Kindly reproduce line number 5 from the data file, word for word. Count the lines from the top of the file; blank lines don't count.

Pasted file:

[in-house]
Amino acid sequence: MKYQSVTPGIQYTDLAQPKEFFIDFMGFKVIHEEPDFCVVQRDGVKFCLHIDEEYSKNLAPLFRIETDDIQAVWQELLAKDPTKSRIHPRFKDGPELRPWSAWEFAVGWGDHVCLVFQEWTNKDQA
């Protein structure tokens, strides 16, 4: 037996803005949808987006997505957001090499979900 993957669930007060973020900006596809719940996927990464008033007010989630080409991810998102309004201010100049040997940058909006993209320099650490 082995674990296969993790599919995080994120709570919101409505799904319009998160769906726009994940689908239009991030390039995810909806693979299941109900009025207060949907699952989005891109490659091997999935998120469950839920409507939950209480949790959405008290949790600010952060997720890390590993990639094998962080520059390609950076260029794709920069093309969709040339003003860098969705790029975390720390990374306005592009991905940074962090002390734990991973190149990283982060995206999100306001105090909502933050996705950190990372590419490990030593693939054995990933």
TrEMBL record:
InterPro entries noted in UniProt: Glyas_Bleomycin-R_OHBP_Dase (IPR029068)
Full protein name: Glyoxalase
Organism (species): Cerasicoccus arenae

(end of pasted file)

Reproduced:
InterPro entries noted in UniProt: Glyas_Bleomycin-R_OHBP_Dase (IPR029068)